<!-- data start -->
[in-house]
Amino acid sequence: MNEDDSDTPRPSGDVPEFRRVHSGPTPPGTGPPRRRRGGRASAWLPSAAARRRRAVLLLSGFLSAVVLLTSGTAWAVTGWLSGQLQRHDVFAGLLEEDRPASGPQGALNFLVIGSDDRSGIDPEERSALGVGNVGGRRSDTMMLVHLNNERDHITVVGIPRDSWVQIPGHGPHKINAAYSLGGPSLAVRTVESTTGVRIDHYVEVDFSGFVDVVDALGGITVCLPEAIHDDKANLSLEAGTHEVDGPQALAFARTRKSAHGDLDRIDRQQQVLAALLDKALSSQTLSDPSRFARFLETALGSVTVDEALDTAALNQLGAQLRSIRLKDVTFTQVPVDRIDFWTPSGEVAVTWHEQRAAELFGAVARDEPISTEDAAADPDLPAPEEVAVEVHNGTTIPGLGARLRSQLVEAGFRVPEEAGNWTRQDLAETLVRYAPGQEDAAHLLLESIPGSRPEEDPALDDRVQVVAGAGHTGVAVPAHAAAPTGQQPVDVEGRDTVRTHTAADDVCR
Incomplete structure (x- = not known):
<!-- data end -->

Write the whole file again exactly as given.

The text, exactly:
[in-house]
Amino acid sequence: MNEDDSDTPRPSGDVPEFRRVHSGPTPPGTGPPRRRRGGRASAWLPSAAARRRRAVLLLSGFLSAVVLLTSGTAWAVTGWLSGQLQRHDVFAGLLEEDRPASGPQGALNFLVIGSDDRSGIDPEERSALGVGNVGGRRSDTMMLVHLNNERDHITVVGIPRDSWVQIPGHGPHKINAAYSLGGPSLAVRTVESTTGVRIDHYVEVDFSGFVDVVDALGGITVCLPEAIHDDKANLSLEAGTHEVDGPQALAFARTRKSAHGDLDRIDRQQQVLAALLDKALSSQTLSDPSRFARFLETALGSVTVDEALDTAALNQLGAQLRSIRLKDVTFTQVPVDRIDFWTPSGEVAVTWHEQRAAELFGAVARDEPISTEDAAADPDLPAPEEVAVEVHNGTTIPGLGARLRSQLVEAGFRVPEEAGNWTRQDLAETLVRYAPGQEDAAHLLLESIPGSRPEEDPALDDRVQVVAGAGHTGVAVPAHAAAPTGQQPVDVEGRDTVRTHTAADDVCR
Incomplete structure (x- = not known):